First published in the Dec. 10 print issue of the South Pasadena Review.
The South Pasadena Unified School District invites the public to weigh in on its proposed districting maps for Board of Education members next week, the second to last chance to do so before it adopts the districts.
The board will have the public hearing on the maps during its meeting that begins at 6:30 p.m. Tuesday, Dec. 14. The hearings are part of the districting process, which will now occur every 10 years following the release of the U.S. Census. Stakeholders may attend in-person to give input on the decision or they may submit written comment by emailing email@example.com.
The board meets at the district office, located at 1100 El Centro St.
Until now, SPUSD board members have been elected at-large, meaning that all registered voters in the district would vote for every candidate, typically two or three at a time. The district’s first election under districts will be next year, when three seats will be up for their regular election cycle, and one will be up for a two-year special election. The board will continue to have five seats.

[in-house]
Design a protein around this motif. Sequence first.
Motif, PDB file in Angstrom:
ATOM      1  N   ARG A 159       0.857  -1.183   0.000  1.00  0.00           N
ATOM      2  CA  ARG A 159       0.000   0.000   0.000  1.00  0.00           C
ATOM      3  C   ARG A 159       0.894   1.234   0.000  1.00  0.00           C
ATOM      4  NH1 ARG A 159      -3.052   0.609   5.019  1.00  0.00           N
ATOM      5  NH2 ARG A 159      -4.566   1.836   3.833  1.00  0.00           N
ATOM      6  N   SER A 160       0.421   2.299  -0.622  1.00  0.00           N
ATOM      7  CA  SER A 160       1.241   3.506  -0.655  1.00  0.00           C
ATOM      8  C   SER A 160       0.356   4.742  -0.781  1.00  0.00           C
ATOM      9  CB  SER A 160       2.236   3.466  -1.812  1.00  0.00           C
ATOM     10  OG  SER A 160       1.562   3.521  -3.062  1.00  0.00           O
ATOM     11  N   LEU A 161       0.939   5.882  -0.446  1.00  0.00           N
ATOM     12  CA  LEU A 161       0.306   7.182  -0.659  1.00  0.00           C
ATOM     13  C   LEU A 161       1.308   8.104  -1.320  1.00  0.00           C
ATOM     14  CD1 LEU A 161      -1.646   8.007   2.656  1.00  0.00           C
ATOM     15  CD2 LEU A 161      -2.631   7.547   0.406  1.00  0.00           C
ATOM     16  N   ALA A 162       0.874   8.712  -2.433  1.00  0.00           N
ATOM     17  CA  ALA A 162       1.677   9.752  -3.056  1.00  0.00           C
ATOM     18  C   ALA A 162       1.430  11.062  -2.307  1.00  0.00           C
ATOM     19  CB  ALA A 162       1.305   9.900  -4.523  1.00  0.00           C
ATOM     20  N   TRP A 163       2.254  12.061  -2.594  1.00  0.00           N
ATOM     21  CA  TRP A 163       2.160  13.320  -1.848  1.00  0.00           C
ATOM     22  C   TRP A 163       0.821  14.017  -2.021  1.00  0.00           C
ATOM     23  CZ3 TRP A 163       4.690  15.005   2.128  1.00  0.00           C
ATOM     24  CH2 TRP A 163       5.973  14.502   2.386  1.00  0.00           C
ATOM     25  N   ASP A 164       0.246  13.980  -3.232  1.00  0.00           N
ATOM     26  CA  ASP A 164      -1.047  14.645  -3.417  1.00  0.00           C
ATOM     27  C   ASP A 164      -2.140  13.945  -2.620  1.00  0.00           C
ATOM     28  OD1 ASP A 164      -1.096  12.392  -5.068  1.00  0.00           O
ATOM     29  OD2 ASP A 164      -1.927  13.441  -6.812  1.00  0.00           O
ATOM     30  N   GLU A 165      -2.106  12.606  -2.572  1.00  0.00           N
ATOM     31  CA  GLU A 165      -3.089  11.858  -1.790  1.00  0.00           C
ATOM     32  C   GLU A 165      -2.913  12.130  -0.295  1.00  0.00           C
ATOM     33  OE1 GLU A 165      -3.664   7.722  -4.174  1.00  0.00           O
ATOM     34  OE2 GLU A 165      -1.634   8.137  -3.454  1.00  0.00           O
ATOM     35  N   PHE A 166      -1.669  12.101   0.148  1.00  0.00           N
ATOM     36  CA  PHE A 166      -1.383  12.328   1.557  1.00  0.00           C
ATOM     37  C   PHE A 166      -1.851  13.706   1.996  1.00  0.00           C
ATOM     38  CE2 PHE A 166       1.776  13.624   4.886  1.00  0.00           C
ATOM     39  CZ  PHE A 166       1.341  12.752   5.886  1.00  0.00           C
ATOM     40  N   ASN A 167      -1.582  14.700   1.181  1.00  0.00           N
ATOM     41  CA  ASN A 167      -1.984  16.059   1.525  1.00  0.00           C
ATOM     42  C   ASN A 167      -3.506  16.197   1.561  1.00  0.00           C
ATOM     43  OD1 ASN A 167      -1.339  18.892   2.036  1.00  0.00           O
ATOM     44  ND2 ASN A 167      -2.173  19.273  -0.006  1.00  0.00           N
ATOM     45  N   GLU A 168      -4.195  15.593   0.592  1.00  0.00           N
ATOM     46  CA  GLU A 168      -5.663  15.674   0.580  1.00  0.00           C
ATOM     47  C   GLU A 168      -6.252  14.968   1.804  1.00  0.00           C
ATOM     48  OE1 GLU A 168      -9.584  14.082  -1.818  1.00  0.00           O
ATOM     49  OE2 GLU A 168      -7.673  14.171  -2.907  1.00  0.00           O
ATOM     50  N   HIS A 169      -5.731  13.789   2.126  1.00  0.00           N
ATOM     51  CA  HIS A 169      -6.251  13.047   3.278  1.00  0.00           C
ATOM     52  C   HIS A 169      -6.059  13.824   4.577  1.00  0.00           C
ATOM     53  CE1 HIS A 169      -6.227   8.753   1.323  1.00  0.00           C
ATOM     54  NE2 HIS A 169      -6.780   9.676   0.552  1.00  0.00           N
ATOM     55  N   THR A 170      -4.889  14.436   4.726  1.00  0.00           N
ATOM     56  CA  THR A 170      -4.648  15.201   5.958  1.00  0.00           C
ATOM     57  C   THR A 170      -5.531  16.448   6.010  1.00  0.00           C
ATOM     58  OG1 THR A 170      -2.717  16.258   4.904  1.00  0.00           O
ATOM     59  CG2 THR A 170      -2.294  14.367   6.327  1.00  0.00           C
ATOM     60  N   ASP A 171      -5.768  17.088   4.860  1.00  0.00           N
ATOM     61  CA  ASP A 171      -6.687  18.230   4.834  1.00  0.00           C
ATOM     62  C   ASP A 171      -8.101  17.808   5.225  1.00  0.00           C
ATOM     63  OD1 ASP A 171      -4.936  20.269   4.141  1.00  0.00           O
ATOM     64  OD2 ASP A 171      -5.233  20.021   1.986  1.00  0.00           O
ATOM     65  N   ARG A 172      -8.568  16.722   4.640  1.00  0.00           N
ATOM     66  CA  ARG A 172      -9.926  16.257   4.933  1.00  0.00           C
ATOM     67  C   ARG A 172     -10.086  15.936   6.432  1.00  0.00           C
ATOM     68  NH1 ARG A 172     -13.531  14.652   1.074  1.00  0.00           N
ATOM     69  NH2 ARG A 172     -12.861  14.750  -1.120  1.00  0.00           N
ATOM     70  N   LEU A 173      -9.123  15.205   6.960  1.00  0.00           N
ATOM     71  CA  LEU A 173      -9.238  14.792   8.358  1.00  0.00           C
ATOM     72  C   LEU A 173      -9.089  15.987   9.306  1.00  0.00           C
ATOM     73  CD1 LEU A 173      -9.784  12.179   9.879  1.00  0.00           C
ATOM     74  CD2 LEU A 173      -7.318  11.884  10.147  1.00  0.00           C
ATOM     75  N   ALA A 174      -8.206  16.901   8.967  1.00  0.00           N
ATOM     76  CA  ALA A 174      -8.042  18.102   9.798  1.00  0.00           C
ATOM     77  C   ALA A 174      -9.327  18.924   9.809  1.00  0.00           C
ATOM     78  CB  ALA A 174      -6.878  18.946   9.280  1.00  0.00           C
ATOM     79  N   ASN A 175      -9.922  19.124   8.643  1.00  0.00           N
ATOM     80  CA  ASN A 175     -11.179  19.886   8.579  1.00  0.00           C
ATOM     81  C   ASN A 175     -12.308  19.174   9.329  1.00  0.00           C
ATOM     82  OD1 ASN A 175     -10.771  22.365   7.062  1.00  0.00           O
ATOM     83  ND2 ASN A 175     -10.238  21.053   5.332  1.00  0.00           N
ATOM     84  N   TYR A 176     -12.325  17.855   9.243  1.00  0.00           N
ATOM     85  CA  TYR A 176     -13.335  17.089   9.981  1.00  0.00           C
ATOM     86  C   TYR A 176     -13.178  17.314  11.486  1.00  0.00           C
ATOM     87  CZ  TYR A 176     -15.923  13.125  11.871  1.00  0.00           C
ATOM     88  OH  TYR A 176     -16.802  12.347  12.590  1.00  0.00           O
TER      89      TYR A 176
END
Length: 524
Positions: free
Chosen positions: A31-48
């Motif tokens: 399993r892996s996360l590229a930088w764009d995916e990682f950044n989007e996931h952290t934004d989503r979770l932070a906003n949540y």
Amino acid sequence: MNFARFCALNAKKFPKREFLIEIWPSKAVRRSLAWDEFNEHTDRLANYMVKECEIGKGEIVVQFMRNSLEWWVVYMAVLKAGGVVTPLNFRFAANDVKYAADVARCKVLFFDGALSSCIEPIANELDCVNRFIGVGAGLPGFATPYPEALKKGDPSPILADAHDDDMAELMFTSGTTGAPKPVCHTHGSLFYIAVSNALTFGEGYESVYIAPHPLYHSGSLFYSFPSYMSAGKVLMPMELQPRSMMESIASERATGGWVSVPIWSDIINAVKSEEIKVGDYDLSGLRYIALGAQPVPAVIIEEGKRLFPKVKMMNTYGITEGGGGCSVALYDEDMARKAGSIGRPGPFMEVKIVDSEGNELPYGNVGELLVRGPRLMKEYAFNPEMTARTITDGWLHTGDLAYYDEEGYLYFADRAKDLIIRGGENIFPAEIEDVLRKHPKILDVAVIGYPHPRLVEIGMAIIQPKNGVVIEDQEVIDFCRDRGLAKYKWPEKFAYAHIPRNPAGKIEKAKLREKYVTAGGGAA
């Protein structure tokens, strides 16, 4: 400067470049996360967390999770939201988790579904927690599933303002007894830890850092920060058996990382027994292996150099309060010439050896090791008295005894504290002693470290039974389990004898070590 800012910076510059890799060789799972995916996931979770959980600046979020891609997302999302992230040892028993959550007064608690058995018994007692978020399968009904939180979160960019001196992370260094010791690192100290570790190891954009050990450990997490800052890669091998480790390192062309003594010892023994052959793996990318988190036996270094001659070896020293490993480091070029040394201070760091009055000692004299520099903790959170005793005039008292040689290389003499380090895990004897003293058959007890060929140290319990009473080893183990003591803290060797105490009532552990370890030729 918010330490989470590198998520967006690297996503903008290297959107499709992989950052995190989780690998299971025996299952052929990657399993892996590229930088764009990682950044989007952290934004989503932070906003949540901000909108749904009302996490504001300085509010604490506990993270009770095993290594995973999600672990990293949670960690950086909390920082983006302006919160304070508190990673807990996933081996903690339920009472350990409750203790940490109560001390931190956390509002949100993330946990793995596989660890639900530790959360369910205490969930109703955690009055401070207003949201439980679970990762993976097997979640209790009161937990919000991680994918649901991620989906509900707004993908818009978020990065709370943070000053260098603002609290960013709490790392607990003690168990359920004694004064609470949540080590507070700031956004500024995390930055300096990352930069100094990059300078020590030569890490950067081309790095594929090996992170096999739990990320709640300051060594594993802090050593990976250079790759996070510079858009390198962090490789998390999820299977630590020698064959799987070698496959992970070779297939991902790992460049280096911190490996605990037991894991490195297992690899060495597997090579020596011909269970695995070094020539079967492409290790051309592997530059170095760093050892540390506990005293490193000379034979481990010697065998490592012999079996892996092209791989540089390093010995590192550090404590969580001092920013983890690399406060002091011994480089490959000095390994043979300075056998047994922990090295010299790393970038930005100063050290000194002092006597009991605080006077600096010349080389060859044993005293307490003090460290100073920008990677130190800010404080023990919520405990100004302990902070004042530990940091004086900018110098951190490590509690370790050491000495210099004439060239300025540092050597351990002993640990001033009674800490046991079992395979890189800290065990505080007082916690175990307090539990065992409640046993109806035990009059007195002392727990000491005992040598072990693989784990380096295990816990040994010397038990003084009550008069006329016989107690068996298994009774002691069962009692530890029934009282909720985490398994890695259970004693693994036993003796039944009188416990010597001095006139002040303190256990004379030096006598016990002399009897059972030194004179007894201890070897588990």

SPUSD will now join the City Council in having the city’s two governing bodies be apportioned by district and not at-large. Under the new system, candidates will have to live within the districts they are running in, and voters only cast ballots in the districts they live in.
The maps have been prepared in accordance with the California Voting Rights Act to reflect areas of roughly equal population and proportion to demographics and other socioeconomic factors.
Because SPUSD has 26,991 residents according to the latest census, each of its political districts must have around 5,400 residents. The board is also considering other factors such as population by voting age, voter registration numbers, recent voter turnout figures and the ages, races and primary languages of residents. Household income and the distribution of housing — i.e., single- or multi-family, rented or owned.
Broader factors considered when drawing these political boundaries include preserving distinct neighborhoods in a contiguous manner.
After this upcoming meeting, the school board will again have a public hearing at its Tuesday, Jan. 11, meeting before finally selecting a map. These districts will remain in effect through the 2030 census, after which they are to be adjusted to account for population shifts.
The board previously had related hearings in September and October.